Today, the Mahoning valley is one of the most depressed corners of America. But it wasn’t economic bust that first brought the mob to the valley; it was economic boom. In the early years of the twentieth century, the valley–a thin corridor of land that twists and turns its way through northern Ohio–was the heart of an industrial empire. Steel mills stretched as far as the eye could see, their furnaces streaking the sky with 15-foot flames. For more than 50 years, their lights drew immigrants–Poles and Greeks and Italians and Slovaks who thought they had found the Ruhr Valley of America–as well as a burgeoning class of racketeers who thought they had found their own “Little Chicago.” Youngstown’s streets were lined with after-hours joints, where the steelworkers drank and played Barbut, a Turkish dice game, and where capos, dressed in white-brimmed hats and armed with stilettos, ran the numbers, or “bug,” as the locals called it. Youngstown in the 1940s wasn’t particularly unusual. Like Chicago, Buffalo, or Detroit, it had a teeming immigrant population accustomed to arbitrary and violent authority, a booming economy, and pliable local politicians and police–all the ingredients the mob needed to flourish.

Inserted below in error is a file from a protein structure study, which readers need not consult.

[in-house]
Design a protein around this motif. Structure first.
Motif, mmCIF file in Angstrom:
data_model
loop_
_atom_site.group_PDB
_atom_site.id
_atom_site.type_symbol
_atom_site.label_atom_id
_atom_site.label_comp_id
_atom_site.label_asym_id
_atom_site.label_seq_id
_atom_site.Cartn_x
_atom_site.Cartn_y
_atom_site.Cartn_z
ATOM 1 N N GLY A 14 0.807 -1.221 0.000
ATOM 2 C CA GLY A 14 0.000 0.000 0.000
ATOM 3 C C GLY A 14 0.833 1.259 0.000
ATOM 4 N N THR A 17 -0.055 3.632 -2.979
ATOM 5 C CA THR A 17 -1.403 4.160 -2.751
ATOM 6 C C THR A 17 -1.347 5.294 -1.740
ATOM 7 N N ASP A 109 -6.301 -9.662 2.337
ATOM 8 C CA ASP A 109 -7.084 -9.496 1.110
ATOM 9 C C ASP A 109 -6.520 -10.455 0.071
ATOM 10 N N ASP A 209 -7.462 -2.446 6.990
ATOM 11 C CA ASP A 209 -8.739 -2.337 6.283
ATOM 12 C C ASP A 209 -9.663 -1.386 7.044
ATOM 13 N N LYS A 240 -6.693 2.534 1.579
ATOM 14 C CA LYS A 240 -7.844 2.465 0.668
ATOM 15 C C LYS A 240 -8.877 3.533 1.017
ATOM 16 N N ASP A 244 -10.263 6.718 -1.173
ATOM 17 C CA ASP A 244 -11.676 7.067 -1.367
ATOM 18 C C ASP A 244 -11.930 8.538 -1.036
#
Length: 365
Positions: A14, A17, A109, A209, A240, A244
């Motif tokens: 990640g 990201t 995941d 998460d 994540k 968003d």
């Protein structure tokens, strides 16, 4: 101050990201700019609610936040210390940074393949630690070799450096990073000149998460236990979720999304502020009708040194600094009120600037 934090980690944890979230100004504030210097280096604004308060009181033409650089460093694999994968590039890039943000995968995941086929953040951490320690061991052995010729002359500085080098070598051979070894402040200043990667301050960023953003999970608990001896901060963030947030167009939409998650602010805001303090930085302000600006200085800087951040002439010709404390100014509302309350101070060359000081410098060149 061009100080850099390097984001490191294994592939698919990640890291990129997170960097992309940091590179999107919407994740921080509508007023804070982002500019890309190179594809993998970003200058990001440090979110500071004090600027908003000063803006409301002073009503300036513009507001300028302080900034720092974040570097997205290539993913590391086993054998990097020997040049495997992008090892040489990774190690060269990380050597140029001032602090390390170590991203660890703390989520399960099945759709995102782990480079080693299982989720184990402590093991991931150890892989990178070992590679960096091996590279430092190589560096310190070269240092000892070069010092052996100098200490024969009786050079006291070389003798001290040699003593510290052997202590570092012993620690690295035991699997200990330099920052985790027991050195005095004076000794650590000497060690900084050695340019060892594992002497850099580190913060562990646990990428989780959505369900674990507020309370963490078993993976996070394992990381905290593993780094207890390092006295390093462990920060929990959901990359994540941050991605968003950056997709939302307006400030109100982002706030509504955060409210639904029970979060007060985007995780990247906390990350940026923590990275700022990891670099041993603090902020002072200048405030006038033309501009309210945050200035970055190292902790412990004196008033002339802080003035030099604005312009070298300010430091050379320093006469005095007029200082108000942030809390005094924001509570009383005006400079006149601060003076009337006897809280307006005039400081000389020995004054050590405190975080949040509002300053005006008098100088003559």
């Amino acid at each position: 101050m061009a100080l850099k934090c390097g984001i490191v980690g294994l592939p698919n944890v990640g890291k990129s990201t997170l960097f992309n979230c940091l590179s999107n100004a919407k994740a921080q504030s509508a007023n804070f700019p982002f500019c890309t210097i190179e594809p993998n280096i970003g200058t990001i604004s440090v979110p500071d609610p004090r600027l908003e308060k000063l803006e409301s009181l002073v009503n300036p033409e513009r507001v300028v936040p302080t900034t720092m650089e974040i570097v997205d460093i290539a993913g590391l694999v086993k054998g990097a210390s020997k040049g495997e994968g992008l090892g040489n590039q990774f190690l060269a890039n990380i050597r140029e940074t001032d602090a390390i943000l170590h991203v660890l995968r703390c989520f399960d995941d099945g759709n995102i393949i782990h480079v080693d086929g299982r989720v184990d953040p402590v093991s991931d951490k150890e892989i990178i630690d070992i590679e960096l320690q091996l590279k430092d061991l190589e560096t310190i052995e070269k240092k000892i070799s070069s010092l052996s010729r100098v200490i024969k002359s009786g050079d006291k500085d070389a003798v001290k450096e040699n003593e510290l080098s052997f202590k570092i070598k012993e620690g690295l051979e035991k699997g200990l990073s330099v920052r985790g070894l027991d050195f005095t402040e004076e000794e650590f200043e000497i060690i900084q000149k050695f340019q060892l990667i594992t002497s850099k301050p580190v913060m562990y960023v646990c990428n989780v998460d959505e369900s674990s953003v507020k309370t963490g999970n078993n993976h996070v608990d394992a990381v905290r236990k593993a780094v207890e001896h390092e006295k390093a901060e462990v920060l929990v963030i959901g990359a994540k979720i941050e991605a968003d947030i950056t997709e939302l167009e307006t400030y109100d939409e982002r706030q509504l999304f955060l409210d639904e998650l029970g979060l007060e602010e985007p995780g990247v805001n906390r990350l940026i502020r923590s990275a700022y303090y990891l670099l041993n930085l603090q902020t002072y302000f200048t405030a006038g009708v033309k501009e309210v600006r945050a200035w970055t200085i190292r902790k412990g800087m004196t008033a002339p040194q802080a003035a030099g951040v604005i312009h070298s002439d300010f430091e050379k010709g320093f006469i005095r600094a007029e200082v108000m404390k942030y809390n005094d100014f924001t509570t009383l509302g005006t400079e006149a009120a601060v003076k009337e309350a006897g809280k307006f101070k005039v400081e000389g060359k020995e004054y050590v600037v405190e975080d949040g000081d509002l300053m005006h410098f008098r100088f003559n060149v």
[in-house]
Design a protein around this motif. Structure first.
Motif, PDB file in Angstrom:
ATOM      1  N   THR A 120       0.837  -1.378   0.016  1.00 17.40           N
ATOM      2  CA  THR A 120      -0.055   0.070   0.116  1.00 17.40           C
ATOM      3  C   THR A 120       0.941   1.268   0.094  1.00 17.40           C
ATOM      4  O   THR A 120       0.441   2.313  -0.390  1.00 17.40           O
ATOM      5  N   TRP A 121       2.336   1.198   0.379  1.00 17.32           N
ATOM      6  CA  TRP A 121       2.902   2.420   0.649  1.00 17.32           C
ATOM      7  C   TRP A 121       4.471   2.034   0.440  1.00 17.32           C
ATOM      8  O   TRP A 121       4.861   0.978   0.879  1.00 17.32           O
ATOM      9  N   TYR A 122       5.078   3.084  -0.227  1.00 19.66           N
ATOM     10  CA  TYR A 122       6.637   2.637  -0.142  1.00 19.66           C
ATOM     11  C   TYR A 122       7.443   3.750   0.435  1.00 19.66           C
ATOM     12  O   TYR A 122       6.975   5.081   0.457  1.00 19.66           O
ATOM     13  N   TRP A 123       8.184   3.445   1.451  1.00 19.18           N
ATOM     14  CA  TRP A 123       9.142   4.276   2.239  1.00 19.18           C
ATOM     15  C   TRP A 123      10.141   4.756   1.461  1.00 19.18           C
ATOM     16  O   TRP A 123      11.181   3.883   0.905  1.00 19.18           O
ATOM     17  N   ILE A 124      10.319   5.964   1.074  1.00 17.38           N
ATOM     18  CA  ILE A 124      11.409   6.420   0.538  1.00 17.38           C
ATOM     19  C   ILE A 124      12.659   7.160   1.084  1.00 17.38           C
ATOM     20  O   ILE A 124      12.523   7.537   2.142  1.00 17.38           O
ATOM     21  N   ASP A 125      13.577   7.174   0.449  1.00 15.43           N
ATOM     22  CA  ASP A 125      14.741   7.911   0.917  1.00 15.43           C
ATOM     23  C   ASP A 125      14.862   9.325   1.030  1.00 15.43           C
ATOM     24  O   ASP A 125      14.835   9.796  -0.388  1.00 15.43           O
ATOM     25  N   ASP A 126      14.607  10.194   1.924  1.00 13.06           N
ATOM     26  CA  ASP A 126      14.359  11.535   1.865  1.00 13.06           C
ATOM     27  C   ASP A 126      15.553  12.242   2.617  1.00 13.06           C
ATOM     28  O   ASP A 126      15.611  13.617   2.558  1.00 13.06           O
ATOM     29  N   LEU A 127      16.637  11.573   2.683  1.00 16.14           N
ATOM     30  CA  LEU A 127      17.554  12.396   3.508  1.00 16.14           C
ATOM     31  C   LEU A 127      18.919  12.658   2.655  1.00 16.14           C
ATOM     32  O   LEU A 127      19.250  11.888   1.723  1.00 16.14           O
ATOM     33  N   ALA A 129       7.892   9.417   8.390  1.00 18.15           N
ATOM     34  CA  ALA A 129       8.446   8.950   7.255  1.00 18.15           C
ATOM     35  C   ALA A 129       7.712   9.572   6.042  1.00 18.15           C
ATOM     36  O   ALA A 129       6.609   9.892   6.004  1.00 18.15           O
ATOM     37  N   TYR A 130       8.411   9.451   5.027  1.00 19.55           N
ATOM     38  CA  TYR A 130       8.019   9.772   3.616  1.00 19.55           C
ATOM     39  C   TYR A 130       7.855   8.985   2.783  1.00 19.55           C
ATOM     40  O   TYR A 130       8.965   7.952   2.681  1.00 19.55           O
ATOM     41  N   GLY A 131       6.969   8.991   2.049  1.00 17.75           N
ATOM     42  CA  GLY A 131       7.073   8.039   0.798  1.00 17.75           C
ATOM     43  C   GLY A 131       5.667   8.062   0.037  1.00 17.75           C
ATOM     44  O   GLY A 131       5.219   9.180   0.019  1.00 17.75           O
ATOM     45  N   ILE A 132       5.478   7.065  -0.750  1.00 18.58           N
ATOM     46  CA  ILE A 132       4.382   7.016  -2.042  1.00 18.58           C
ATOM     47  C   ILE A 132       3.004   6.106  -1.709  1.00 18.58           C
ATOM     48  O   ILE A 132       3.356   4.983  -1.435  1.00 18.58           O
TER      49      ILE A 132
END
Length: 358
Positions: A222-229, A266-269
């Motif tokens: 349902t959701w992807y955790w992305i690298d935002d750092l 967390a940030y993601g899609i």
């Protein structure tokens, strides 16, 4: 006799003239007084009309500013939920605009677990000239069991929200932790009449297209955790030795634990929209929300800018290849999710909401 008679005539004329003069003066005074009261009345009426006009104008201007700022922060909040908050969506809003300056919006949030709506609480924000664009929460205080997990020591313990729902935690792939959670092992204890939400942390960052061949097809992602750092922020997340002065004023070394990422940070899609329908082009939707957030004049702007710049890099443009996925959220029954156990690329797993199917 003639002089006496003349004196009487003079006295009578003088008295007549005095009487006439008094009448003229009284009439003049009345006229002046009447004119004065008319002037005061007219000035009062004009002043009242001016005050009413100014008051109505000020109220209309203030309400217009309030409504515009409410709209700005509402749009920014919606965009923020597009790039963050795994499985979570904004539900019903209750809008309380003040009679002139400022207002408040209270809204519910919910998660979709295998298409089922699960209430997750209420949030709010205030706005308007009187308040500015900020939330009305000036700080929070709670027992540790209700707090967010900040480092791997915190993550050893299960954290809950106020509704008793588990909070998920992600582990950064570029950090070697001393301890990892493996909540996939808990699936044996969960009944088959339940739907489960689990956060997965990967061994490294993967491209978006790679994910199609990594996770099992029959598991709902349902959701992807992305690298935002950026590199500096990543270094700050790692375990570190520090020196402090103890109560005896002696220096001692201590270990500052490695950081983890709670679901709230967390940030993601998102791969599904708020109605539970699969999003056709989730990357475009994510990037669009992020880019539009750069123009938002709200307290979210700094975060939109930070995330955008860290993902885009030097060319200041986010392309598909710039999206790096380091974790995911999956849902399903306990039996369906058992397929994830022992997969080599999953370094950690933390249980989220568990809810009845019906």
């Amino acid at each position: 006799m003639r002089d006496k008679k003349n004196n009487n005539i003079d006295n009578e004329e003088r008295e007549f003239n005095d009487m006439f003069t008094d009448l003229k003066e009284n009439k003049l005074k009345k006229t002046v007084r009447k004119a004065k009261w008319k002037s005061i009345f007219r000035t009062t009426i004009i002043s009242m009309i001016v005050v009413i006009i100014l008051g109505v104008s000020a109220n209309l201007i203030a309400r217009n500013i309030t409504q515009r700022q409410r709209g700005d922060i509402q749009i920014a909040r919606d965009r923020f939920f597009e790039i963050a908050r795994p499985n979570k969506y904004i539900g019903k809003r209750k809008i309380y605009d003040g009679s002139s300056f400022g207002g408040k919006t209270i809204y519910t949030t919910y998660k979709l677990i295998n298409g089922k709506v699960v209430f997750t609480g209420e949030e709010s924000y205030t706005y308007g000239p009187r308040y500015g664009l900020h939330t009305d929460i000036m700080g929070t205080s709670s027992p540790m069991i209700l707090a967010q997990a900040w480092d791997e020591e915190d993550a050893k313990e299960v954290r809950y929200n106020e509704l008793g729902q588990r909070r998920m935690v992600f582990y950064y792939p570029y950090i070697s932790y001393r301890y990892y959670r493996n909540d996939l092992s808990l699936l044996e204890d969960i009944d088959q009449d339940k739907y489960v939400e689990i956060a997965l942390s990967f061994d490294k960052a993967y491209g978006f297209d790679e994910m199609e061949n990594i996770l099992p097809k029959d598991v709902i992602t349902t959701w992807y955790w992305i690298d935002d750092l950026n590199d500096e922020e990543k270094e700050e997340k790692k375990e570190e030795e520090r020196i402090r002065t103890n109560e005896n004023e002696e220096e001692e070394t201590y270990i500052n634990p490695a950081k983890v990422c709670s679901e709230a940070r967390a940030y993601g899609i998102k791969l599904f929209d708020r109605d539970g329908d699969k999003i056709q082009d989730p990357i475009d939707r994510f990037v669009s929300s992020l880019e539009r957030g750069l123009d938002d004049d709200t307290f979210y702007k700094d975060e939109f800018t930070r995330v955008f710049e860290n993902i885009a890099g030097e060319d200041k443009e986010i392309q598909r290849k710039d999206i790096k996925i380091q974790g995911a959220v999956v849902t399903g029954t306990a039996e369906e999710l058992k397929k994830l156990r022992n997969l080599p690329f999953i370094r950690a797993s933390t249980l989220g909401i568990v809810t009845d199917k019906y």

But, unlike those larger cities, Youngstown was too small to have a mob family of its own. And, as a result, it turned into a battlefield. By 1950, as the rackets mushroomed into a multimillion-dollar industry, the Pittsburgh and Cleveland Mafia families began fighting for control of the region. Bombings began to ricochet through the valley–warnings to those who allied themselves with the wrong side. It got so bad over the next two decades that the local radio station ran public-service ads featuring an earsplitting bang and the slogan “Stop the bomb!” In 1963, The Saturday Evening Post dubbed the area “Crimetown U.S.A.,” noting: “Officials hobnob openly with criminals. Arrests of racketeers are rare, convictions rarer still and tough sentences almost unheard of.”